At what point a Log E stockholder, now sitting with his DBA shares, will pull even will depend on when he bought his Log E stock and what he paid for it. But for many stockholders who bought Log E stock at between $15 and $22 a share, getting back their investment will take a while.
On the other hand, DBA officials could argue that the way things were going at the Springfield company, Log E shareholders were fortunate to get what they did out of the stock.
It is now a year later, and DBA executives are optimistic about the future. Log E President Nathe says the firm has improved its gross margins, become more competitive and controlled expenses. As a result, the Log E operation, he said, is now "significantly profitable," although he won't say how much of the DBA's estimated earnings of 95 cents a share in 1985 will be attributable to Log E operations.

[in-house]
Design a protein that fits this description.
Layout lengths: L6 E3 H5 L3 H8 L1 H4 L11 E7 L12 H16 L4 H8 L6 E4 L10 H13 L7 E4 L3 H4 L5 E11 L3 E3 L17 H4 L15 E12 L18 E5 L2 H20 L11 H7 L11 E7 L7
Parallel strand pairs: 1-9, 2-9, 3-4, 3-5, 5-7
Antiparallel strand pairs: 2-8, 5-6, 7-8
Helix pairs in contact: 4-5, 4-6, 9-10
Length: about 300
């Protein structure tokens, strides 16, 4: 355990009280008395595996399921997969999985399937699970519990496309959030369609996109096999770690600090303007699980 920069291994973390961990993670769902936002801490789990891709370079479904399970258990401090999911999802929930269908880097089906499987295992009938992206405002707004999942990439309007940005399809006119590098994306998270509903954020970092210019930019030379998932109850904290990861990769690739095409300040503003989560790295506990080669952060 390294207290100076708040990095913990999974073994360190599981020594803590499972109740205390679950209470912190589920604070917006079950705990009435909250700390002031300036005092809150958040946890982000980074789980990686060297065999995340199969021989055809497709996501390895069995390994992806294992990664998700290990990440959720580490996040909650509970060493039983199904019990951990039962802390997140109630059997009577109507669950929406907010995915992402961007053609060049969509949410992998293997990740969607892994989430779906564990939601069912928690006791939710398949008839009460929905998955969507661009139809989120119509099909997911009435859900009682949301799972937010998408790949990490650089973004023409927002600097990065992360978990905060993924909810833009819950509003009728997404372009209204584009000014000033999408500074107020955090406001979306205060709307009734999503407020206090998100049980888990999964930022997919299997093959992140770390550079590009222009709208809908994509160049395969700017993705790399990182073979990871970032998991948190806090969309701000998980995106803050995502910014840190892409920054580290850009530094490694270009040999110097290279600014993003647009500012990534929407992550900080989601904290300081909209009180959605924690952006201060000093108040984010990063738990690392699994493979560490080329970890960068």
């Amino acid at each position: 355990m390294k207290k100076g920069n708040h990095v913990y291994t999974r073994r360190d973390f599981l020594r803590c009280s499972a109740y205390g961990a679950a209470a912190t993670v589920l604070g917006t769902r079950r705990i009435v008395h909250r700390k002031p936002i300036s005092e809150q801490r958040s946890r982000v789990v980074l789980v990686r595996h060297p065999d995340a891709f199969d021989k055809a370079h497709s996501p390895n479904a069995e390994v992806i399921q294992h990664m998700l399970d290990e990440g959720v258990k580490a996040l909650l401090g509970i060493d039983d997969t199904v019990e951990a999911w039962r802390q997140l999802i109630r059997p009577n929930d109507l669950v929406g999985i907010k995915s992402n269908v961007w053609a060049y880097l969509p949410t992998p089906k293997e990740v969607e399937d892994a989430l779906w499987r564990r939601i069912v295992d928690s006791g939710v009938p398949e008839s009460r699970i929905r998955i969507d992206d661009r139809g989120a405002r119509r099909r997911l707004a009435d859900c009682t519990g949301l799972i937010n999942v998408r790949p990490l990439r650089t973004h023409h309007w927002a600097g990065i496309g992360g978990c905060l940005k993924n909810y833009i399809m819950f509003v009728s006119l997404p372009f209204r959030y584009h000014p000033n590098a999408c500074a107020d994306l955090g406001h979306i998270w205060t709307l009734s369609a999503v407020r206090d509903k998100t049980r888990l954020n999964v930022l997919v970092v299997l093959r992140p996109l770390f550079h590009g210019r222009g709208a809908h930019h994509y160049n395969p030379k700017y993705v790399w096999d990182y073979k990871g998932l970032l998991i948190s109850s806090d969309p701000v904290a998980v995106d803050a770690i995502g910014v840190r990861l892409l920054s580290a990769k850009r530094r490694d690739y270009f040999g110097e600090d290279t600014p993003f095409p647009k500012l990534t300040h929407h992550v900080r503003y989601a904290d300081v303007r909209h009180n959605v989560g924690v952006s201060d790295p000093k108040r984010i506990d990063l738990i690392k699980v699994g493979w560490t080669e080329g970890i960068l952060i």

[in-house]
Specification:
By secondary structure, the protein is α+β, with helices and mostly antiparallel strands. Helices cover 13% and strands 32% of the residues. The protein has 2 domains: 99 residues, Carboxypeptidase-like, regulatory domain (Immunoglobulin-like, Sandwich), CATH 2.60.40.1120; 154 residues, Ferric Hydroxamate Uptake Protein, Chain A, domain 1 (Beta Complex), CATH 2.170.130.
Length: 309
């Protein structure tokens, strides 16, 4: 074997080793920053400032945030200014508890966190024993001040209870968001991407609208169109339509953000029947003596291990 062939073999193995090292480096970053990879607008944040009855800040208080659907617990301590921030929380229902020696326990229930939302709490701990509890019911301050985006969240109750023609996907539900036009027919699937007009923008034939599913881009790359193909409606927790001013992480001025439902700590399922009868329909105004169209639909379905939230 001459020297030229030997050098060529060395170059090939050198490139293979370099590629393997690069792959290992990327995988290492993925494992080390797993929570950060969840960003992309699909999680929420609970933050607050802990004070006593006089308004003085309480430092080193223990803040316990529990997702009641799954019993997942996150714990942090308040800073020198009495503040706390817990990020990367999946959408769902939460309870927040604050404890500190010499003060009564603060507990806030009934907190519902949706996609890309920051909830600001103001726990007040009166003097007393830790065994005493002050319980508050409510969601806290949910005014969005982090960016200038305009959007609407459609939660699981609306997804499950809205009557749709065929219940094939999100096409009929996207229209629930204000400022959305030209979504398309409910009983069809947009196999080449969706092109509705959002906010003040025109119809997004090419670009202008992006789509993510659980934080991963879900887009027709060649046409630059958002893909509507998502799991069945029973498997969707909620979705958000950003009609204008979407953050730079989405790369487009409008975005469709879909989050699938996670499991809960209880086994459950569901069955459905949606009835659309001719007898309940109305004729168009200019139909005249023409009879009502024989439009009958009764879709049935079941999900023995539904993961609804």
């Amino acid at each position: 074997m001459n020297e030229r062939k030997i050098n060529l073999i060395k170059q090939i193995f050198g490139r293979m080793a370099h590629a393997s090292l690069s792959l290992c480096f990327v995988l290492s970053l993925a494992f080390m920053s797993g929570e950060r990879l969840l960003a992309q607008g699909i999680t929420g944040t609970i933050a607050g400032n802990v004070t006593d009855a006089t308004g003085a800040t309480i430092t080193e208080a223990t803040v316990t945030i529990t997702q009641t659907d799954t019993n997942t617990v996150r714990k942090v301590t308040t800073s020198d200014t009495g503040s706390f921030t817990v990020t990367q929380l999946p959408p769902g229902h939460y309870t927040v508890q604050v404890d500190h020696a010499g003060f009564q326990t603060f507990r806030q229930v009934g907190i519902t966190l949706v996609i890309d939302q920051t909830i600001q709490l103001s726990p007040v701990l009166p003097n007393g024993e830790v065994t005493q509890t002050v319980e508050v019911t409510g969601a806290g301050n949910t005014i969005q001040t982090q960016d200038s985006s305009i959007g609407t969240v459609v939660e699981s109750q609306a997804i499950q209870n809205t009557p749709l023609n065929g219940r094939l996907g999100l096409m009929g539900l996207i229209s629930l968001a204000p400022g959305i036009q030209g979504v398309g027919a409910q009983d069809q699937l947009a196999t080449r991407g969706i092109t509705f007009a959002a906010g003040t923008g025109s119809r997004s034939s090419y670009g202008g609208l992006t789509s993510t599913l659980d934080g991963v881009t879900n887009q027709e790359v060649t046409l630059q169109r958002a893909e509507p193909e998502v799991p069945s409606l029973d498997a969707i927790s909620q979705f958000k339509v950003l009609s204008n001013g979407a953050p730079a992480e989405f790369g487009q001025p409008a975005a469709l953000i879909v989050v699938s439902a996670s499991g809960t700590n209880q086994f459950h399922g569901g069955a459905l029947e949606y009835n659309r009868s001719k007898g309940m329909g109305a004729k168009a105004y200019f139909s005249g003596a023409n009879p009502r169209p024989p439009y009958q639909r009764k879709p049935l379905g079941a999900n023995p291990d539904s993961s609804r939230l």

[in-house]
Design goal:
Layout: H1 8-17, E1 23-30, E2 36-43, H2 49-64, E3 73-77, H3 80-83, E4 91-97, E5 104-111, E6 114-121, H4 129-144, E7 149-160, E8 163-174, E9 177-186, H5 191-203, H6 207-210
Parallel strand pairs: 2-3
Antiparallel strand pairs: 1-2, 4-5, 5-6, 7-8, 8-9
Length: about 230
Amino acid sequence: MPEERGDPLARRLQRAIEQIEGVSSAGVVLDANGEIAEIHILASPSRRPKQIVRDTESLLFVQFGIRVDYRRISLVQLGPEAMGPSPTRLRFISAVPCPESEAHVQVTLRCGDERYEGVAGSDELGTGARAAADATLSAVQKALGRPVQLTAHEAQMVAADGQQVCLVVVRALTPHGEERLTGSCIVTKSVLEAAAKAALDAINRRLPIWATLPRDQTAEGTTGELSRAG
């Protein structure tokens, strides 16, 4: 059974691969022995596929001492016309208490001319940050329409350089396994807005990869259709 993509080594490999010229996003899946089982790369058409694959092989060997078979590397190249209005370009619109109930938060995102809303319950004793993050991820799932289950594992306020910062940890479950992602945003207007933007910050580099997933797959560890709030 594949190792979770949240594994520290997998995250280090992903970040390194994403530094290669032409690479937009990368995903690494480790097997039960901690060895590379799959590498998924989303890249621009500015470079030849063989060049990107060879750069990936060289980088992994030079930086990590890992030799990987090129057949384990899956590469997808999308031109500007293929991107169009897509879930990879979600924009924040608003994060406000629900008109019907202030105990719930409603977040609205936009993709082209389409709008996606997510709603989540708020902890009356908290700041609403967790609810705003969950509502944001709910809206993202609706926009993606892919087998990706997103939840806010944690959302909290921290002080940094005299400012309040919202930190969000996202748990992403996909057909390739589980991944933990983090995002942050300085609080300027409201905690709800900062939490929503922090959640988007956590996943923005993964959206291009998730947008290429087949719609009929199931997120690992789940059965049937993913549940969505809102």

DBA's business is now 50 percent commercial, 50 percent government, and Log E is introducing new products.
Log E employes, Nathe acknowledges, went through a period of tension. "Anytime a company is losing its independence," he said, "people are going to be wondering what is happening to them and their livelihoods." It takes a lot of "walking around" by executives to stay in touch with employes and keep morale up, he said.
Although some of the analysts who follow DBA say they think that there are limitations on the amount of business to be obtained in defense-related imaging, Hebert said that DBA's backlog continues to grow. "We're probably the best play in pure imaging," he said. "Seventy-five percent of our work is for a fixed price. . . . Two-thirds is 'sole source.' " -- meaning it is noncompetitive.
DBA, Hebert added, has developed a three-year performance plan for the company. "Earnings are the bottom line," he said.